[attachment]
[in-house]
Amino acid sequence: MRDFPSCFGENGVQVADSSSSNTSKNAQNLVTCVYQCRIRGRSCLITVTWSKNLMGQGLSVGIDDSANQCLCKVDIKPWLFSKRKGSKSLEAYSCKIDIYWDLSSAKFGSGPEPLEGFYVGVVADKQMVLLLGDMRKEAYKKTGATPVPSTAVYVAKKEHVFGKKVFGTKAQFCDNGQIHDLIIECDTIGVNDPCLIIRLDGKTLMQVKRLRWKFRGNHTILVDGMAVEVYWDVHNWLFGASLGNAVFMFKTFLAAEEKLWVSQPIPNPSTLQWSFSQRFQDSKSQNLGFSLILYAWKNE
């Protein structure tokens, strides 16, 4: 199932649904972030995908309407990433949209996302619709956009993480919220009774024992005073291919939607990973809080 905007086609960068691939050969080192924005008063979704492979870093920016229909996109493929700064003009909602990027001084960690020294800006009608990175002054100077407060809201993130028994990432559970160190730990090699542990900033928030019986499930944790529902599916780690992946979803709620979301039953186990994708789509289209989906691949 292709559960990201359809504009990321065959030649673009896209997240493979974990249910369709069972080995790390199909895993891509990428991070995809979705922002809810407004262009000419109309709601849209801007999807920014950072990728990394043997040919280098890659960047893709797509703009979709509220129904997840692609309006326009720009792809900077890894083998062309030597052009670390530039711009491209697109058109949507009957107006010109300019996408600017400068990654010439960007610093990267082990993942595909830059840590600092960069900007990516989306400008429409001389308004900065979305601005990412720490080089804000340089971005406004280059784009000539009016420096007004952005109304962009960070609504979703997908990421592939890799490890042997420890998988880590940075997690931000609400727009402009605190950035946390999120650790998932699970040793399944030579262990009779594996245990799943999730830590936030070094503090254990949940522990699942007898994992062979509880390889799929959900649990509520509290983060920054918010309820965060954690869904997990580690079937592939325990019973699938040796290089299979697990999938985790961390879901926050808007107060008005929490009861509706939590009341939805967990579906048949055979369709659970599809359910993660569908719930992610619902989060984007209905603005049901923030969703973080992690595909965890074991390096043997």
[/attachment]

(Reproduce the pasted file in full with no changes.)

[in-house]
Amino acid sequence: MRDFPSCFGENGVQVADSSSSNTSKNAQNLVTCVYQCRIRGRSCLITVTWSKNLMGQGLSVGIDDSANQCLCKVDIKPWLFSKRKGSKSLEAYSCKIDIYWDLSSAKFGSGPEPLEGFYVGVVADKQMVLLLGDMRKEAYKKTGATPVPSTAVYVAKKEHVFGKKVFGTKAQFCDNGQIHDLIIECDTIGVNDPCLIIRLDGKTLMQVKRLRWKFRGNHTILVDGMAVEVYWDVHNWLFGASLGNAVFMFKTFLAAEEKLWVSQPIPNPSTLQWSFSQRFQDSKSQNLGFSLILYAWKNE
């Protein structure tokens, strides 16, 4: 199932649904972030995908309407990433949209996302619709956009993480919220009774024992005073291919939607990973809080 905007086609960068691939050969080192924005008063979704492979870093920016229909996109493929700064003009909602990027001084960690020294800006009608990175002054100077407060809201993130028994990432559970160190730990090699542990900033928030019986499930944790529902599916780690992946979803709620979301039953186990994708789509289209989906691949 292709559960990201359809504009990321065959030649673009896209997240493979974990249910369709069972080995790390199909895993891509990428991070995809979705922002809810407004262009000419109309709601849209801007999807920014950072990728990394043997040919280098890659960047893709797509703009979709509220129904997840692609309006326009720009792809900077890894083998062309030597052009670390530039711009491209697109058109949507009957107006010109300019996408600017400068990654010439960007610093990267082990993942595909830059840590600092960069900007990516989306400008429409001389308004900065979305601005990412720490080089804000340089971005406004280059784009000539009016420096007004952005109304962009960070609504979703997908990421592939890799490890042997420890998988880590940075997690931000609400727009402009605190950035946390999120650790998932699970040793399944030579262990009779594996245990799943999730830590936030070094503090254990949940522990699942007898994992062979509880390889799929959900649990509520509290983060920054918010309820965060954690869904997990580690079937592939325990019973699938040796290089299979697990999938985790961390879901926050808007107060008005929490009861509706939590009341939805967990579906048949055979369709659970599809359910993660569908719930992610619902989060984007209905603005049901923030969703973080992690595909965890074991390096043997």